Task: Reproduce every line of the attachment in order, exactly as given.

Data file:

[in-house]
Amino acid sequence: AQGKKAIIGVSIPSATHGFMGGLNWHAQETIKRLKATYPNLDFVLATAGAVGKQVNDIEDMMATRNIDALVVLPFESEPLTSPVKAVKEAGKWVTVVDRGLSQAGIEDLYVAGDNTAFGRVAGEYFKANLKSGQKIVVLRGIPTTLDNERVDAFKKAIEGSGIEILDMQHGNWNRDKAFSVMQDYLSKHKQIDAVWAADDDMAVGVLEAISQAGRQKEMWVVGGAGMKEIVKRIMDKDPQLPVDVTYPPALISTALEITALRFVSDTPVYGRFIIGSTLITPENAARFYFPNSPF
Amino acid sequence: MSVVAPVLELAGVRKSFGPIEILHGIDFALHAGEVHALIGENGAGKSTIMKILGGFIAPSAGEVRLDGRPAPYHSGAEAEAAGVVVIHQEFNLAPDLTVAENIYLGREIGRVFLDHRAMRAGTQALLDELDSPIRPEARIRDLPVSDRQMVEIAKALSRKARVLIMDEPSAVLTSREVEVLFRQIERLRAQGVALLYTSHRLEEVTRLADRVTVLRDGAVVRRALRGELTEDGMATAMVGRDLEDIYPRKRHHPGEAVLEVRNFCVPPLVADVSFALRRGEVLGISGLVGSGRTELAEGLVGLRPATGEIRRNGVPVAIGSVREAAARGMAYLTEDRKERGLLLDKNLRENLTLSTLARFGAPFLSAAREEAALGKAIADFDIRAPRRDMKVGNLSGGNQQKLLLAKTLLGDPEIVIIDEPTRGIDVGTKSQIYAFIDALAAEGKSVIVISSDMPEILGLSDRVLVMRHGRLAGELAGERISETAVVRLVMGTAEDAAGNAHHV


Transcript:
[in-house]
Amino acid sequence: AQGKKAIIGVSIPSATHGFMGGLNWHAQETIKRLKATYPNLDFVLATAGAVGKQVNDIEDMMATRNIDALVVLPFESEPLTSPVKAVKEAGKWVTVVDRGLSQAGIEDLYVAGDNTAFGRVAGEYFKANLKSGQKIVVLRGIPTTLDNERVDAFKKAIEGSGIEILDMQHGNWNRDKAFSVMQDYLSKHKQIDAVWAADDDMAVGVLEAISQAGRQKEMWVVGGAGMKEIVKRIMDKDPQLPVDVTYPPALISTALEITALRFVSDTPVYGRFIIGSTLITPENAARFYFPNSPF
Amino acid sequence: MSVVAPVLELAGVRKSFGPIEILHGIDFALHAGEVHALIGENGAGKSTIMKILGGFIAPSAGEVRLDGRPAPYHSGAEAEAAGVVVIHQEFNLAPDLTVAENIYLGREIGRVFLDHRAMRAGTQALLDELDSPIRPEARIRDLPVSDRQMVEIAKALSRKARVLIMDEPSAVLTSREVEVLFRQIERLRAQGVALLYTSHRLEEVTRLADRVTVLRDGAVVRRALRGELTEDGMATAMVGRDLEDIYPRKRHHPGEAVLEVRNFCVPPLVADVSFALRRGEVLGISGLVGSGRTELAEGLVGLRPATGEIRRNGVPVAIGSVREAAARGMAYLTEDRKERGLLLDKNLRENLTLSTLARFGAPFLSAAREEAALGKAIADFDIRAPRRDMKVGNLSGGNQQKLLLAKTLLGDPEIVIIDEPTRGIDVGTKSQIYAFIDALAAEGKSVIVISSDMPEILGLSDRVLVMRHGRLAGELAGERISETAVVRLVMGTAEDAAGNAHHV